Set like a jewelled crown on the map
of India, Kashmir is a many faceted diamond, changing character
vagrantly beautiful. Three Himalayan ranges, Karakoram, Zanaskar
and Pir Panjal - snow capped, majestic, frame the landscape from
northwest to northeast. They are the birthplace of great rivers
which flow through the Kashmir valley. Raj Taringini the
chronology of the Kashmir Kings written by Kalhana eulogizes the
beauty of Kashmir as follows "Kasmira Parvati Paroksh; Tat Swami
ch Maheswara". Meaning Kashmir is as beautiful as Goddess Parvati
manifest; and its owner is Lord Shiva Himself" And the Mughal
Emperor exclaimed "Gar Bar-ru-e-Zamin Ast ; Hamin Ast ,Hamin Ast
Hamin Asto. Meaning if there is paradise on this earth : This is
it, this is it, this is it.
Srinagar is at once a collection of images: a son-et- lumpier that
tells the story of the love of the Mughal emperors for this
paradise vale; deep green rice fields and river bridges of gardens
in bloom and lakes rimmed by houseboats; at once summer capital of
the state, business centre and holiday resort.
Srinagar is as much imagination as it is fact, for every season
offers new vistas to this city of great antiquity. Spring breathes
life again into a frozen world and the air is heady with the
fragrance of a million flowers that blossom on trees, shrubs and
creepers. Summer heightens the effect and autumn is poignant in
its colours of warm introspection. Winter brings with it snow,
sometimes the Dal Lake freezes and beneath a leaden sky, roasted
chestnuts turn the atmosphere aromatic with the promise of warmth
The river Jhelum and the Dal and Nagin lakes dominate Srinagar and
its life and activities. Here lush wild gardens of lotus and water
lily flower amidst bustling lanes. By the lakeside spread the
gardens of the Mughals in patterned beauty. And the people move
with a tranquility borne of a history laden pulse of activity.
IF legends are to be believed, the Kashmir valley was once a lake
as large as a sea and here lived an abominable demon who was
killed after most of the lake had been drained with the collective
help of Brahma's grandson, Kashap and the goddess Parvati. She was
finally stilled the demon by dropping upon him a mountain and
thereby crushing him to death. This legendary mountain is no other
than Hari Parbat, Srinagar's 'Takht-i- Sulaiman' hill that forms
the famous backdrop to the city.
Jammu and Kashmir has the distinction of having multifaceted,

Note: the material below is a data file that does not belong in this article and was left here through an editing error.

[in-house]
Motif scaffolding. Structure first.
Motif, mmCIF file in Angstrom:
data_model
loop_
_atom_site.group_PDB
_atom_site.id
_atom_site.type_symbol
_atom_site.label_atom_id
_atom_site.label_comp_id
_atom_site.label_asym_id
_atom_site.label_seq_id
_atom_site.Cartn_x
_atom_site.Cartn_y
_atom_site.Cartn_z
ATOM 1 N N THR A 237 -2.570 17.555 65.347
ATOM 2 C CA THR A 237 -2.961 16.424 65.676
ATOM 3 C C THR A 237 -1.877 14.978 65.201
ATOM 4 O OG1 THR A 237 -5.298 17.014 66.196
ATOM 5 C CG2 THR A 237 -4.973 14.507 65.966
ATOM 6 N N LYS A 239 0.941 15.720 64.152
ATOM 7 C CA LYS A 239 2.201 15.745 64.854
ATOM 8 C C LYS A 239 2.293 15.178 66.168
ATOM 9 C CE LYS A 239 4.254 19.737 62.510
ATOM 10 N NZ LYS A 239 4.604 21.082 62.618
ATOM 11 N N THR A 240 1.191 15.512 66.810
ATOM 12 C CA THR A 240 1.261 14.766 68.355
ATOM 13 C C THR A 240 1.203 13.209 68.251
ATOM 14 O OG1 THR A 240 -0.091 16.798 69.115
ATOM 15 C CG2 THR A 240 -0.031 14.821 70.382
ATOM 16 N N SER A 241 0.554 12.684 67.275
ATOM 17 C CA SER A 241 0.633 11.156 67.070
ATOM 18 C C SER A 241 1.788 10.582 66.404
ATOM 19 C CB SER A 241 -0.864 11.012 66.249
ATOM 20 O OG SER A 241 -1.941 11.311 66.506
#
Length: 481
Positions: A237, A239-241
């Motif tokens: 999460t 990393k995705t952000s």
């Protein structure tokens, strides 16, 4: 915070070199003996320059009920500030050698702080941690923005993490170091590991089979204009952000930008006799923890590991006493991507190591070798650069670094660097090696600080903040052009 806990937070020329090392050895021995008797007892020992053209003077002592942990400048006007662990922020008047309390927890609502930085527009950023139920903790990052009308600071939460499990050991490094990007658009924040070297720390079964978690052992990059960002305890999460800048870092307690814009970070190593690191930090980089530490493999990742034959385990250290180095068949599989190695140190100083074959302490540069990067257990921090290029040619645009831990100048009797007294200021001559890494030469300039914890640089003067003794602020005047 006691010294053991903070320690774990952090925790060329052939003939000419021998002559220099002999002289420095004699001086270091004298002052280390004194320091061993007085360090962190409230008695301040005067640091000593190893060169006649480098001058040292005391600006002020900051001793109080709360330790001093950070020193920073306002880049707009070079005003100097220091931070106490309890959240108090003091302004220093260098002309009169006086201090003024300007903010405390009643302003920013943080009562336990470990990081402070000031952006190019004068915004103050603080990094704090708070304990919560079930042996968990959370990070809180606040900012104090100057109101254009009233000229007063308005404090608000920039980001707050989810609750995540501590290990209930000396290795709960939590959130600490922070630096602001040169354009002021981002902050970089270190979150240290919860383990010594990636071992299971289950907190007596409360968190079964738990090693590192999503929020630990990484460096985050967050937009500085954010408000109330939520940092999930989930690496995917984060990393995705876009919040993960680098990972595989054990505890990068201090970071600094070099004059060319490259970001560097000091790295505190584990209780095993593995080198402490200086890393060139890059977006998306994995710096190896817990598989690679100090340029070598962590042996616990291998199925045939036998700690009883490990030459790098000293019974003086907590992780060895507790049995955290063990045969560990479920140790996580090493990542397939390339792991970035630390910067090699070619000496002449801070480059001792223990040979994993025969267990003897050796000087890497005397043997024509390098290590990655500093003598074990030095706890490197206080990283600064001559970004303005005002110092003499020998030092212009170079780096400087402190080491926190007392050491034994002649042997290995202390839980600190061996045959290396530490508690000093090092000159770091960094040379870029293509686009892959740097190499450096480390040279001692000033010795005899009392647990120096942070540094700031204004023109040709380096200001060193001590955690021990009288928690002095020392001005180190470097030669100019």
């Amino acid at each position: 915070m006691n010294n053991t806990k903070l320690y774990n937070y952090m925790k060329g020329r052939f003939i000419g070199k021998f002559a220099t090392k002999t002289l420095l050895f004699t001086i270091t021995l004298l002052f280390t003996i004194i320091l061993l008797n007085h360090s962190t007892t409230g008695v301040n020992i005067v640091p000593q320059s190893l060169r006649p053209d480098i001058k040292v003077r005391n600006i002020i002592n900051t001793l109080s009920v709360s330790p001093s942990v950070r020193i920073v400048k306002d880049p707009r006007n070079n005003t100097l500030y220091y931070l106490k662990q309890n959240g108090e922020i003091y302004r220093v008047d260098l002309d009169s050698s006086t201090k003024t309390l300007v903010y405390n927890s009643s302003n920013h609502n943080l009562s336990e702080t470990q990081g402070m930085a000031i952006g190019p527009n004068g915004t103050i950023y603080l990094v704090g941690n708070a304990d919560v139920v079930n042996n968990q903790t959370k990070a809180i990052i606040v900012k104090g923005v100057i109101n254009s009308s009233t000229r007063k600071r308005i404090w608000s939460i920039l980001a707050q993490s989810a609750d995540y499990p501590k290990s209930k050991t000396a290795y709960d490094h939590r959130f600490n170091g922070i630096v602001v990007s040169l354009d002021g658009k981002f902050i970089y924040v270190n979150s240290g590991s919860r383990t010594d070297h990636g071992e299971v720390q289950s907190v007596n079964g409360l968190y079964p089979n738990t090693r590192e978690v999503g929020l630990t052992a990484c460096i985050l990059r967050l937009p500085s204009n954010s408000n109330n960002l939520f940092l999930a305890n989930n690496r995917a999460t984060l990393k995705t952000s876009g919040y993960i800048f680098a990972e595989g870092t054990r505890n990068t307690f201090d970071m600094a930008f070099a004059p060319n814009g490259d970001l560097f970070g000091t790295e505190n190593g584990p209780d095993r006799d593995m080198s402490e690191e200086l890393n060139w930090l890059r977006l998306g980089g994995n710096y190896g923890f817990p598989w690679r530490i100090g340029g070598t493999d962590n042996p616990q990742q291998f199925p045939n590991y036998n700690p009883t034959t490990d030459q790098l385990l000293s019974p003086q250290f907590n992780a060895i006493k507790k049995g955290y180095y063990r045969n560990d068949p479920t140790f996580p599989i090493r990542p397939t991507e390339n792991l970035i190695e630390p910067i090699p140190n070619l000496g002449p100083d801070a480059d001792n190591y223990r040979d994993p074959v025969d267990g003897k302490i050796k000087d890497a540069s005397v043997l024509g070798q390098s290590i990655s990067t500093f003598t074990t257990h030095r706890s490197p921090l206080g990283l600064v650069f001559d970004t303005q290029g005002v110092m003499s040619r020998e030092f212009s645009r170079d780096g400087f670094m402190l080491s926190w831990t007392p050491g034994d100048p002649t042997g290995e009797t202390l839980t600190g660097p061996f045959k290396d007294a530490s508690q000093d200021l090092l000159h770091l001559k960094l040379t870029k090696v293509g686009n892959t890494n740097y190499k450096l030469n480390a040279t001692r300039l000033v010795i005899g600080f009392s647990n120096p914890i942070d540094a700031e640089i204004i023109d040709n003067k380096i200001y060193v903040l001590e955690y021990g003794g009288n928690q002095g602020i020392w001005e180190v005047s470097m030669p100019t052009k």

variegated and unique cultural blend, making it distinct from the
rest of the country, not only from the different cultural forms
and heritage, but from geographical, demographically, ethical,
social entities, forming a distinct spectrum of diversity and
diversions into Kashmir, Jammu and Ladakh, all professing diverse
religion, language and culture, but continuously intermingling,
making it vibrant specimens of Indian Unity amidst diversity. Its
different cultural forms like art and architecture, fair and
festivals, rites and rituals, seer and sagas, language and
mountains, embedded in ageless period of history, speak volumes of
unity and diversity with unparalleled cultural cohesion and
While the Kashmir has been the highest learning centre of Sanskrit
and Persian where early Indo-Aryanic civilization has originated
and flourished, it has also been embracing point of advent of
Islam bringing its fold finest traditions of Persian civilization,
tolerance, brotherhood and sacrifice.
Some of the popular performing traditions of Srinagar are as
a) Bhand Pather
It is a traditional folk theatre style combination of play and
dance in a satirical style where social traditions , evils are
depicted and performed in various social and cultural functions.
Bhand Jashan is performed by a group of 10 to 15 artists in their
traditional style accompanied by light music for the entertainment
It is most popular form of Kashmiri folk music. It has some
resemblance with chakra of mountainous regions of Uttar Pradesh.
Normally Garaha, Sarangi, Rabab were the musical instruments used
in the past. But now thw harmonium too has made its way in its
c) Sufiana Music
Sofians music came to Kashmir from Iran in the 15th century. Over
the years it has established itself as the classical music form of
Kashmir and has incorporated a number of Indian Ragas in its body.
Hafiz Nagma in fact, used to be part of sofiana music. The
instruments used in this form are Santoor, Sitar, Kashmiri Saz,
Wasool or Tabala. In Hafiz Nagma a dancer is a female while her
accompanists on various instruments are males. Hafiza moves her
feet on musical notes.
There are only a few families in Kashmir who are practicing this
musical form in Kashmir. Whereas the tallest ustad Ghulam Mohd.
Qaleenbaft is unable to move out because of health problems, Ustad
Ghulam Mohd. Saznawaz and Ustad Abdul Ghani Namathali are
imparting training to their family members and are the practising